Blood coagulation refers to the process of forming a clot to stop bleeding. Coagulation is a complicated subject and is greatly simplified here for the student's understanding.
To stop bleeding, the body relies on the interaction of three processes:
Involves the first two processes:
1. Vasoconstriction. Vasoconstriction is the body's first response to injury in the vascular wall. When an injury occurs, vessel walls constrict, causing reduced blood flow to the site of injury.
2. Platelet plug. Platelets aggregate to the site of the injury. They stick together acting as a "plug." Platelets also activate the process which causes a fibrin clot to form, known as secondary hemostasis.
3. Platelets alone are not enough to secure the damage in the vessel wall. A clot must form at the site of injury. The formation of a clot depends upon several substances called clotting factors. These factors are designated by Roman numerals I through XIII. These factors activate each other in what as known as the clotting cascade. The end result of this cascade is that fibrinogen, a soluble plasma protein, is cleaved into fibrin, a nonsoluble plasma protein. The fibrin proteins stick together forming a clot.
The clotting cascade occurs through two separate pathways that interact, the intrinsic and the extrinsic pathway.
The extrinsic pathway is activated by external trauma that causes blood to escape from the vascular system. This pathway is quicker than the intrinsic pathway. It involves factor VII.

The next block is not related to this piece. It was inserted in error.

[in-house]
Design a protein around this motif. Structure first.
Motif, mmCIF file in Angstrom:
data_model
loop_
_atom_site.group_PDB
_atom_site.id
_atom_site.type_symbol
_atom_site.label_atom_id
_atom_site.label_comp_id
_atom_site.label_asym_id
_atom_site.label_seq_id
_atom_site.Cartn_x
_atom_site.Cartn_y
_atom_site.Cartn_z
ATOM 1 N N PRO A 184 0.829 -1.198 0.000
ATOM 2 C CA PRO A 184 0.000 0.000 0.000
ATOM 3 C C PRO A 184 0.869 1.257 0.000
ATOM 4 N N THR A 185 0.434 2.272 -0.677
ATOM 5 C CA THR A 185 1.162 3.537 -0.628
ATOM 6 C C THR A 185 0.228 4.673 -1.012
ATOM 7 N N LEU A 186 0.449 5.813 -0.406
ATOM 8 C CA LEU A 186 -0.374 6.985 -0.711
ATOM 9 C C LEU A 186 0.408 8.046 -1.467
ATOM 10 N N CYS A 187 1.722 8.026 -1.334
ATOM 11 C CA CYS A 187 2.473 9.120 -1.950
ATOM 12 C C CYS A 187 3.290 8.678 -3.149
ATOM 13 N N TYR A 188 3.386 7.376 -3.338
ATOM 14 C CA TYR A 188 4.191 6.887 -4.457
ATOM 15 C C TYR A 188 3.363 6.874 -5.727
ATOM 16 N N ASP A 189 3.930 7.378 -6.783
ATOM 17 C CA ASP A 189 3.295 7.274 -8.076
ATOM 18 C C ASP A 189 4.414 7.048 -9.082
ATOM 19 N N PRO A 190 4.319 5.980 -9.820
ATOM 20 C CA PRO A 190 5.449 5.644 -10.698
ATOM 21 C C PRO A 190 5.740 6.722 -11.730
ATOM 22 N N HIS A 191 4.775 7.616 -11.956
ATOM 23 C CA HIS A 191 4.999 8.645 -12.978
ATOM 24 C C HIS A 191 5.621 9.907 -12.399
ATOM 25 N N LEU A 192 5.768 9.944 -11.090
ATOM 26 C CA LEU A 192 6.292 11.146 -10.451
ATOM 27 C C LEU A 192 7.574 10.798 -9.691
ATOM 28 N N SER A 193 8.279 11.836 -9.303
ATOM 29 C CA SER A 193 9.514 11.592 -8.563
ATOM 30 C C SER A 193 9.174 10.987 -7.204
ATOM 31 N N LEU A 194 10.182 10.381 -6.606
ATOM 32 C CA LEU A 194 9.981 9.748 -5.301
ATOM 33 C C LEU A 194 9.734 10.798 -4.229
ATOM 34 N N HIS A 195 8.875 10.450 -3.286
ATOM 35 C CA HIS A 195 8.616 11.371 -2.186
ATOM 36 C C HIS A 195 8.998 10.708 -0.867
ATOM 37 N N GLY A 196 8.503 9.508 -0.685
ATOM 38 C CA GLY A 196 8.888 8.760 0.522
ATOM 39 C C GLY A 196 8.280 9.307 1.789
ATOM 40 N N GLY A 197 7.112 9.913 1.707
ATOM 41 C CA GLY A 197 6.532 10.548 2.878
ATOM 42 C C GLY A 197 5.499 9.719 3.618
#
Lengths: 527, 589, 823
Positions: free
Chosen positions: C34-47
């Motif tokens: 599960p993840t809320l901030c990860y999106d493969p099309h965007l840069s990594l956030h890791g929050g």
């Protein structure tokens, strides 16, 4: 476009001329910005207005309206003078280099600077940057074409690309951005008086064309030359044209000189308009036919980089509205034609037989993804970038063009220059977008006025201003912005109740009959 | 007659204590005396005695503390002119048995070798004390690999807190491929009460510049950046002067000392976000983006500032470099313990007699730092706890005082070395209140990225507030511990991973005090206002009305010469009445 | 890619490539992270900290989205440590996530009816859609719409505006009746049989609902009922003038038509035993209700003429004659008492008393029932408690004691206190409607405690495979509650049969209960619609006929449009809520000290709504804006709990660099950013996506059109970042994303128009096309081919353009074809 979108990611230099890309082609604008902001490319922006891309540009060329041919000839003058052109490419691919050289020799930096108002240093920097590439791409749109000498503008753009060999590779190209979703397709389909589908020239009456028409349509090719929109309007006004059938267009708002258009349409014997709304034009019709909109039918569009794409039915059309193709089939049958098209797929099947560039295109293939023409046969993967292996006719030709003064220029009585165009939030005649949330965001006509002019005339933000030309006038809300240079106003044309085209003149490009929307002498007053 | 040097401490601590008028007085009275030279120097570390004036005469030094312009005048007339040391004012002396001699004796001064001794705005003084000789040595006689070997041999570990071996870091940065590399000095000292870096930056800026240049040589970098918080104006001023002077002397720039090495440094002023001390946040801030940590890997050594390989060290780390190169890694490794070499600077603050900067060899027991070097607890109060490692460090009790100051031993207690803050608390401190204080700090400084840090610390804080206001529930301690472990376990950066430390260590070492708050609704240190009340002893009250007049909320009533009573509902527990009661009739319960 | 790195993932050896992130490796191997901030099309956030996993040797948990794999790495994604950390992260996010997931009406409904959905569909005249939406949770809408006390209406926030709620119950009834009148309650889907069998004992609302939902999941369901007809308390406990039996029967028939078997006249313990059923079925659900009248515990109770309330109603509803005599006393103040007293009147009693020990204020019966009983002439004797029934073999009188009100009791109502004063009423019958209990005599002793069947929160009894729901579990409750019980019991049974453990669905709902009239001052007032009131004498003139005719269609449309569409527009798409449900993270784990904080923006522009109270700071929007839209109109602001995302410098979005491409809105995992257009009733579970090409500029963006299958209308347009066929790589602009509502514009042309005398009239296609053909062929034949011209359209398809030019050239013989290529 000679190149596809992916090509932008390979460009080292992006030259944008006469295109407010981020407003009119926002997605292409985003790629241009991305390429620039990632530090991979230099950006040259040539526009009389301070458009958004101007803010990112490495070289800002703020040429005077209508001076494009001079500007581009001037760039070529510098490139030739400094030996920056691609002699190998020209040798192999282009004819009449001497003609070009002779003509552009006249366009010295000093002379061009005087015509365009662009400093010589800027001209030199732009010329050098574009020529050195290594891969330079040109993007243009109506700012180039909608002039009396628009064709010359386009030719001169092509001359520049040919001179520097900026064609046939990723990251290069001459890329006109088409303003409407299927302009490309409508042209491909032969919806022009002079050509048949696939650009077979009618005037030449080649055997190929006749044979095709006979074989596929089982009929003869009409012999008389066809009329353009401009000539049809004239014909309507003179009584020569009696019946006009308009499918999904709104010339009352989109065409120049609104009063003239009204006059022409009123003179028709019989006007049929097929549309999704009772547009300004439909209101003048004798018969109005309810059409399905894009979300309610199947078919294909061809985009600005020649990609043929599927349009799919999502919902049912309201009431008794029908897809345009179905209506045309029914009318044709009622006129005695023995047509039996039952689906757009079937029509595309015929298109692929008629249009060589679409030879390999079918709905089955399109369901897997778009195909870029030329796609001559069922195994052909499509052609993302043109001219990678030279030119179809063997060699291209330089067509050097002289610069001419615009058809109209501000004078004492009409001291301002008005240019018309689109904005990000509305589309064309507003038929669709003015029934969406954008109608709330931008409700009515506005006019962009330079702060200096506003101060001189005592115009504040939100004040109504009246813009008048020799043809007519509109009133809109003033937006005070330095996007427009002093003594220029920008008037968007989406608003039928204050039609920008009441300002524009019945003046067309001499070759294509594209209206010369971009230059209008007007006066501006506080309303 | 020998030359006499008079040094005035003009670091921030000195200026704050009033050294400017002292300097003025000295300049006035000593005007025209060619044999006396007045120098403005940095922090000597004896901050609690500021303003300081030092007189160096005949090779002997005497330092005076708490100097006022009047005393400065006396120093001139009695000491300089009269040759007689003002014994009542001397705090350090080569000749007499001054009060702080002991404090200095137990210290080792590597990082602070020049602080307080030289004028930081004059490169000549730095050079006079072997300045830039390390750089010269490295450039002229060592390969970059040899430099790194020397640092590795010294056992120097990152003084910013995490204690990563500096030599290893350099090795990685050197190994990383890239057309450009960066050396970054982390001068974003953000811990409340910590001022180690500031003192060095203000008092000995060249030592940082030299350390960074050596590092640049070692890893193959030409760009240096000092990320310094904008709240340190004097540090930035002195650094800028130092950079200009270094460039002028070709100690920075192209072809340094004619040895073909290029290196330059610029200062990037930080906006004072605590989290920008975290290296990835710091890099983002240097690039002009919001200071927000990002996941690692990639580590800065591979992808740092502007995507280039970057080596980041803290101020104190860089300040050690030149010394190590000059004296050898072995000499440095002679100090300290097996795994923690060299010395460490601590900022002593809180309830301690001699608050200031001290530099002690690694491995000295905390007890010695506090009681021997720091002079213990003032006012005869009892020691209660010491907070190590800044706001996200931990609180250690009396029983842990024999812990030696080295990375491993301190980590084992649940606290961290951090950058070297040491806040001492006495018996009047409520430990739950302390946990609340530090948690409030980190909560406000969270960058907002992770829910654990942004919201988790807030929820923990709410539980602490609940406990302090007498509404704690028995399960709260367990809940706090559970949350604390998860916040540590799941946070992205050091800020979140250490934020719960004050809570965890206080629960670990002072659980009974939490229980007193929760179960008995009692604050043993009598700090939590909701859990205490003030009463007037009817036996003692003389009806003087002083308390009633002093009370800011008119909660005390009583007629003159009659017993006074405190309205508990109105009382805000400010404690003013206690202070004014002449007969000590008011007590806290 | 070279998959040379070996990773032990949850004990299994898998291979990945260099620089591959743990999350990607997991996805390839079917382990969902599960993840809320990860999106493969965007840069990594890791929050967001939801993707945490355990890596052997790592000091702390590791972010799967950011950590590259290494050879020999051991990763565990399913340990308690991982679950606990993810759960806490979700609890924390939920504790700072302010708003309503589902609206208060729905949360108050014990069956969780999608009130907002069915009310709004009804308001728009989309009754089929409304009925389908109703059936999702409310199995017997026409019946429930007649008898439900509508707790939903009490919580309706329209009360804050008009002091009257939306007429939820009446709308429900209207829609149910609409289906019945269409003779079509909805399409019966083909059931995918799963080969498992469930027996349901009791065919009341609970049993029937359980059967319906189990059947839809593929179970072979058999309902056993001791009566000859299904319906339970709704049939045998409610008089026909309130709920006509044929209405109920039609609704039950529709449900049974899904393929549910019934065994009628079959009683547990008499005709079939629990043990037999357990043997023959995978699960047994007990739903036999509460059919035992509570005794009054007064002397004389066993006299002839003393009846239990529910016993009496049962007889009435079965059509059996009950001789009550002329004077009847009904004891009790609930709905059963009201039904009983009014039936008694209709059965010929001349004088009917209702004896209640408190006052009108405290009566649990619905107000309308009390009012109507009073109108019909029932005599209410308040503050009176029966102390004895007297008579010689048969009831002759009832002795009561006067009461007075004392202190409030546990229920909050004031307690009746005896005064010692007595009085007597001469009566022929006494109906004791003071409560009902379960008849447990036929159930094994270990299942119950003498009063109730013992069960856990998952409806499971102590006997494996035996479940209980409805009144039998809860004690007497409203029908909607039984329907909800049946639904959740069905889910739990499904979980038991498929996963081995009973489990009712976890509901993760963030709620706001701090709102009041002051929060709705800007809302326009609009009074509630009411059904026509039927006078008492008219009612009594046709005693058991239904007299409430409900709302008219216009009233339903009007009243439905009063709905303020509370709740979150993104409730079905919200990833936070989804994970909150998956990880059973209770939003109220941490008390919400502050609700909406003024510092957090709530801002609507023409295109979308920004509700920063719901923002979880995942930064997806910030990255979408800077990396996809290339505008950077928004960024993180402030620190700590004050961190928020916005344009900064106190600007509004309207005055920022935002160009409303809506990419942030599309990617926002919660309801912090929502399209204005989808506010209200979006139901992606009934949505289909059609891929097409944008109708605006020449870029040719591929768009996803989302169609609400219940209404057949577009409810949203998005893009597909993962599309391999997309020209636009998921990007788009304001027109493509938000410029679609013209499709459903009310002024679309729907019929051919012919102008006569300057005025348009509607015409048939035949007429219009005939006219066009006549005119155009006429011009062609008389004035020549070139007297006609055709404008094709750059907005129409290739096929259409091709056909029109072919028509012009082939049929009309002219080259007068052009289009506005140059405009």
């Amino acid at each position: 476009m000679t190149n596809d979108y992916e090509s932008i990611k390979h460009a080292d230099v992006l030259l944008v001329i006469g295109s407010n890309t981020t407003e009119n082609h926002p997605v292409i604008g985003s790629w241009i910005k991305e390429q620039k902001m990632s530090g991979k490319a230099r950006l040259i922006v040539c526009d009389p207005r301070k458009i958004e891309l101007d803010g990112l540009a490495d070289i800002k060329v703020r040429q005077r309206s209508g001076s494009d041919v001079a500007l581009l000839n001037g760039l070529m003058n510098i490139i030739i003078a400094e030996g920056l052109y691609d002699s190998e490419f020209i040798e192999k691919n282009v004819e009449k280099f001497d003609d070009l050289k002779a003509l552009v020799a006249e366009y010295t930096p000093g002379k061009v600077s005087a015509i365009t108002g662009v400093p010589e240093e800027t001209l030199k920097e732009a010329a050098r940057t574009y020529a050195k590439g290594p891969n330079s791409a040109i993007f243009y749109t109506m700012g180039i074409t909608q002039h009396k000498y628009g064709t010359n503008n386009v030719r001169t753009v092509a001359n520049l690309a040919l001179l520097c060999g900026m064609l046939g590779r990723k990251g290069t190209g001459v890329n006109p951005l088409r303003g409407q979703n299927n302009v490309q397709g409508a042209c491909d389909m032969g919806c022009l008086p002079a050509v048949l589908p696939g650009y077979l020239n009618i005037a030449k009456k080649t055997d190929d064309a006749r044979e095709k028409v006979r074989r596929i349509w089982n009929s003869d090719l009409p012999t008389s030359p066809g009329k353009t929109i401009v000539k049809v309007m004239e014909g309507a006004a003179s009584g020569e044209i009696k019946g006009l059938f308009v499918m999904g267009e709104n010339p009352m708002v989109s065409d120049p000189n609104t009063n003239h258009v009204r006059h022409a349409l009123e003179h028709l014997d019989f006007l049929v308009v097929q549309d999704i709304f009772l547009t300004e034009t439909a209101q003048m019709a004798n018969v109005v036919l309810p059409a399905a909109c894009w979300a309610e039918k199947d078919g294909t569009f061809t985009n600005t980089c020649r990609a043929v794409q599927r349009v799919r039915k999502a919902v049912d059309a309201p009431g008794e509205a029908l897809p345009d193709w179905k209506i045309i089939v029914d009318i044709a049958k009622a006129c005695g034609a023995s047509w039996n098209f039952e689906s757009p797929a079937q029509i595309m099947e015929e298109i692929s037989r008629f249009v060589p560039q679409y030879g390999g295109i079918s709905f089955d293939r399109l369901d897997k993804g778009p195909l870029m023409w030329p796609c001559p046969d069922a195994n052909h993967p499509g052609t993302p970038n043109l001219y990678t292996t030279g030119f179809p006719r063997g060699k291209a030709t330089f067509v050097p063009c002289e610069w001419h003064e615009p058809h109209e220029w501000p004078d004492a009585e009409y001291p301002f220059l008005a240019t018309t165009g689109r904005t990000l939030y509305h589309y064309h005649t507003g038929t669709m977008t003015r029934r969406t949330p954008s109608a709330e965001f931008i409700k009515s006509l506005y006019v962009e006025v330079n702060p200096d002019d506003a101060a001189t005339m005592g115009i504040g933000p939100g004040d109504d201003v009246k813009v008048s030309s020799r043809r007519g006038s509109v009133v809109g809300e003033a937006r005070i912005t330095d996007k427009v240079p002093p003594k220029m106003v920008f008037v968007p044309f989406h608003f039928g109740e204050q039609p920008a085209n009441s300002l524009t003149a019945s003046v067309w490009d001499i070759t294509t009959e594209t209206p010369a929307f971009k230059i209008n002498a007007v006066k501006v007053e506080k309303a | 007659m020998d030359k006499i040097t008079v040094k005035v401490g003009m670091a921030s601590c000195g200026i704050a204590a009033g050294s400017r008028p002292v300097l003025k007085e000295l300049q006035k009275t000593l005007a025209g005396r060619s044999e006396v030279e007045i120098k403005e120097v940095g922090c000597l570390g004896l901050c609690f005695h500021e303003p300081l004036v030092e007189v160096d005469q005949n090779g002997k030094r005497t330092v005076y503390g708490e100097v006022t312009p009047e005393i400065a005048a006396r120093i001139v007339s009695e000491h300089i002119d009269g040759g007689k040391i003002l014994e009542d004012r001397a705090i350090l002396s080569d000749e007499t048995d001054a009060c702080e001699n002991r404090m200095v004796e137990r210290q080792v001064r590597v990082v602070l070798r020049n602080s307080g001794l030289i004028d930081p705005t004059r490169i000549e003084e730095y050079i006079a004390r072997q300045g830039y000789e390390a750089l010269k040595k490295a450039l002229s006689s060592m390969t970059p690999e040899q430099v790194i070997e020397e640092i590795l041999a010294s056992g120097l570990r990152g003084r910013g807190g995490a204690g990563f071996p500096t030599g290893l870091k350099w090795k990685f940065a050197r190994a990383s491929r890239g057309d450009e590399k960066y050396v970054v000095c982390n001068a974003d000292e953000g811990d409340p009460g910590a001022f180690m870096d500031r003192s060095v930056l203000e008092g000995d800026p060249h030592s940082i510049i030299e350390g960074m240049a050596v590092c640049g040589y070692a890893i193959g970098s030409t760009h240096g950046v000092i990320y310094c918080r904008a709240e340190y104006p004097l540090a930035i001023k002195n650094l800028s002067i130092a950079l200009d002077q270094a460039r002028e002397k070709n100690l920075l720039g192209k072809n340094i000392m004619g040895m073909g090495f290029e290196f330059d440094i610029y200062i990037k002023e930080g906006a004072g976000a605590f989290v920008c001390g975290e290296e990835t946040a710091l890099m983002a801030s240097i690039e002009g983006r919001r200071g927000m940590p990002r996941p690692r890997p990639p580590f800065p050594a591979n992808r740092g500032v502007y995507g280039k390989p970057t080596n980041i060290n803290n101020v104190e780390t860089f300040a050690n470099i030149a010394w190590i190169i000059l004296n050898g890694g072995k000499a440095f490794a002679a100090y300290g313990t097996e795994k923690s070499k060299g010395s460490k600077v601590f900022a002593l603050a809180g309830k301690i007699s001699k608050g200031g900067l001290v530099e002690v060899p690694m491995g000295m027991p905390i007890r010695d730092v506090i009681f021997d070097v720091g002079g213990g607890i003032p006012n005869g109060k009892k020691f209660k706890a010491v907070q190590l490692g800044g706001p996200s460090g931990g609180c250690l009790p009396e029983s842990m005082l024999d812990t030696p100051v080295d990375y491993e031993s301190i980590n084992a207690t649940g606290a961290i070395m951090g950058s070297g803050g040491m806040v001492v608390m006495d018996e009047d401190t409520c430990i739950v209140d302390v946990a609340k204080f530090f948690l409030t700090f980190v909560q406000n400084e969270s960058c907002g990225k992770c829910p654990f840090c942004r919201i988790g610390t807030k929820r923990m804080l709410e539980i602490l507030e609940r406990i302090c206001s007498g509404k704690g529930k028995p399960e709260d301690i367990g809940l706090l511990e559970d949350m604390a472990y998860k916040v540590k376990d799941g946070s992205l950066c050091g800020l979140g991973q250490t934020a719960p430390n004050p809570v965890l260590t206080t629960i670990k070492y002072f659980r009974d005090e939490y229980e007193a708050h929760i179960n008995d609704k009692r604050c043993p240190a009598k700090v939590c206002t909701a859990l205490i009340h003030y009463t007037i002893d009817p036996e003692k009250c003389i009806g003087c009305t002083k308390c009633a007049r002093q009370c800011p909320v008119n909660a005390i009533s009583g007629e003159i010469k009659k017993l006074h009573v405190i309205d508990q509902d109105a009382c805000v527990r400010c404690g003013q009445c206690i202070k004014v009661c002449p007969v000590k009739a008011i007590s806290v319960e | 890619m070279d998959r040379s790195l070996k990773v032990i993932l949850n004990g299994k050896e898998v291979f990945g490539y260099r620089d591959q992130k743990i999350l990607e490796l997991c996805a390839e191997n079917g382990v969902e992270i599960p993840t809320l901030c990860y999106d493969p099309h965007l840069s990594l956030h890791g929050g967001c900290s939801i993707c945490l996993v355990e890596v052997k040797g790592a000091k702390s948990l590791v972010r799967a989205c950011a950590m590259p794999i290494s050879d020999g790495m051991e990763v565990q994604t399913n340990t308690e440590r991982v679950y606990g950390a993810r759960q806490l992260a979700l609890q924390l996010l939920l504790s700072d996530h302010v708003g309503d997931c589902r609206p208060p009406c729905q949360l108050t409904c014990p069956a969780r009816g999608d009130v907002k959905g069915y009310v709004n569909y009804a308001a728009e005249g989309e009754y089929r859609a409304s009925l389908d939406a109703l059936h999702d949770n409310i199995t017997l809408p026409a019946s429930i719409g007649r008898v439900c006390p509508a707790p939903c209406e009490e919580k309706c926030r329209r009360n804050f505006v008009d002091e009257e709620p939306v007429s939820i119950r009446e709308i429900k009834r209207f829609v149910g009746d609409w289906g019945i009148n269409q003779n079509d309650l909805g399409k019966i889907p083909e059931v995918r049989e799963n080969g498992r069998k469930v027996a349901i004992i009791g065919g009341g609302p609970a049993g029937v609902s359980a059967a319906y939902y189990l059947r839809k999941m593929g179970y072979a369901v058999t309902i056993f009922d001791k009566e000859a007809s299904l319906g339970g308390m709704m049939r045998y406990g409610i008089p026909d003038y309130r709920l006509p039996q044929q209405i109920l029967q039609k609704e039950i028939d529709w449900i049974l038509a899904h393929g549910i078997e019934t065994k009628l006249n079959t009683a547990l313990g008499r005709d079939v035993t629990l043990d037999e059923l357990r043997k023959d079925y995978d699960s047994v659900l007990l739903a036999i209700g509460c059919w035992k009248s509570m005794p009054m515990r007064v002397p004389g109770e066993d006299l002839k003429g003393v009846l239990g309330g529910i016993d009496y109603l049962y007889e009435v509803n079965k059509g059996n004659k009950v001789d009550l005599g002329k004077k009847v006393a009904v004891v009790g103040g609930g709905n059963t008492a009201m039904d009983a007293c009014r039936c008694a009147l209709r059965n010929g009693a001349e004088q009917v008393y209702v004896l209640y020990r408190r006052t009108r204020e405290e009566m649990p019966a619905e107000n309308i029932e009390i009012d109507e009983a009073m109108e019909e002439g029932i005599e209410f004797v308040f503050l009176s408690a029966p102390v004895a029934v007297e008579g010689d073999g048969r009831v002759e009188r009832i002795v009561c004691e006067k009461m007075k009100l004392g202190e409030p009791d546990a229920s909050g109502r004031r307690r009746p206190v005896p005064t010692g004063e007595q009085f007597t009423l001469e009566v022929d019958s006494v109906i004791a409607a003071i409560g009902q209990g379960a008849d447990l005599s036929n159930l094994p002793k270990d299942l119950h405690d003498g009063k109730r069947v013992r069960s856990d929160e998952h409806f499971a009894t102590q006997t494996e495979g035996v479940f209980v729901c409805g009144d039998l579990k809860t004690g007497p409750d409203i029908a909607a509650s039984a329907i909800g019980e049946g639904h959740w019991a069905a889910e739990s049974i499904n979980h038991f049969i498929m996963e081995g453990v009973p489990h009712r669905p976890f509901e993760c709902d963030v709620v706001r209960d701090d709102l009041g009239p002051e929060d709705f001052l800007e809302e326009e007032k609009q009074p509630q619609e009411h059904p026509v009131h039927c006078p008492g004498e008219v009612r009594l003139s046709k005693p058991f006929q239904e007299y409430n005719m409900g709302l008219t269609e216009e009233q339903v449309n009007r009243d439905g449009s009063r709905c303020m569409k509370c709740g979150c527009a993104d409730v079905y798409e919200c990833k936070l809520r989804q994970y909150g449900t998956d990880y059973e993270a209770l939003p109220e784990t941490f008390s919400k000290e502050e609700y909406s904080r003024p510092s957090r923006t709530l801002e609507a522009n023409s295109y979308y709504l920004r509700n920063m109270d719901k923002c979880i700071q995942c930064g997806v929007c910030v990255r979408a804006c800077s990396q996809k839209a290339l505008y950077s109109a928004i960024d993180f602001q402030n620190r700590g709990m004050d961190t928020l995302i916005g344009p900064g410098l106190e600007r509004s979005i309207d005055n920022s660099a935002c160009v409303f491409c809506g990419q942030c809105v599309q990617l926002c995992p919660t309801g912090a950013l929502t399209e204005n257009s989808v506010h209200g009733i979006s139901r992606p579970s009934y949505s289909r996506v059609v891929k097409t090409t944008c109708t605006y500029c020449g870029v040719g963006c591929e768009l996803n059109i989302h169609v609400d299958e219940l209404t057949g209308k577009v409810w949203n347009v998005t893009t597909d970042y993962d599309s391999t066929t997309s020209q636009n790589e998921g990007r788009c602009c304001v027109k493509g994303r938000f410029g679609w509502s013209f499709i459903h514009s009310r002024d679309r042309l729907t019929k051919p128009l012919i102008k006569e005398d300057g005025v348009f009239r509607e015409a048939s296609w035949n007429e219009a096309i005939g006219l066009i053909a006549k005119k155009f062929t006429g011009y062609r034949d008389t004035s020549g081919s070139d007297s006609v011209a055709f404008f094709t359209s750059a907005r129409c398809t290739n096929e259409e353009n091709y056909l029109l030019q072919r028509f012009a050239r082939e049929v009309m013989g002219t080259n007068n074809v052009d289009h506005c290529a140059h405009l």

The intrinsic pathway is activated by trauma inside the vascular system and is activated by platelets, exposed endothelium, chemicals, or collagen. This pathway is slower than the extrinsic pathway but more important. It involves factors XII, XI, IX, VIII.
Both pathways meet and finish the pathway of clot production in what is known as the common pathway. The common pathway involves factors I, II, V, and X.
A diagram may be found in your text illustrating the clotting cascade. The student does not need to be concerned about learning the details of these pathways. The student does need to realize that different factors are involved in each pathway. If a patient does not clot normally, it is usually due to a platelet abnormality or deficiency, or by a defect or deficiency in one of the clotting factors. There are diagnostic tests which test for deficiencies in the intrinsic pathway, the extrinsic pathway, and platelet abnormalities. These tests allow the physician to narrow down and eventually discover the defect which is causing a patient to bleed excessively.
The interested student may want to study a more in-depth chart and explanation of the coagulation cascade. See Coagulation Cascade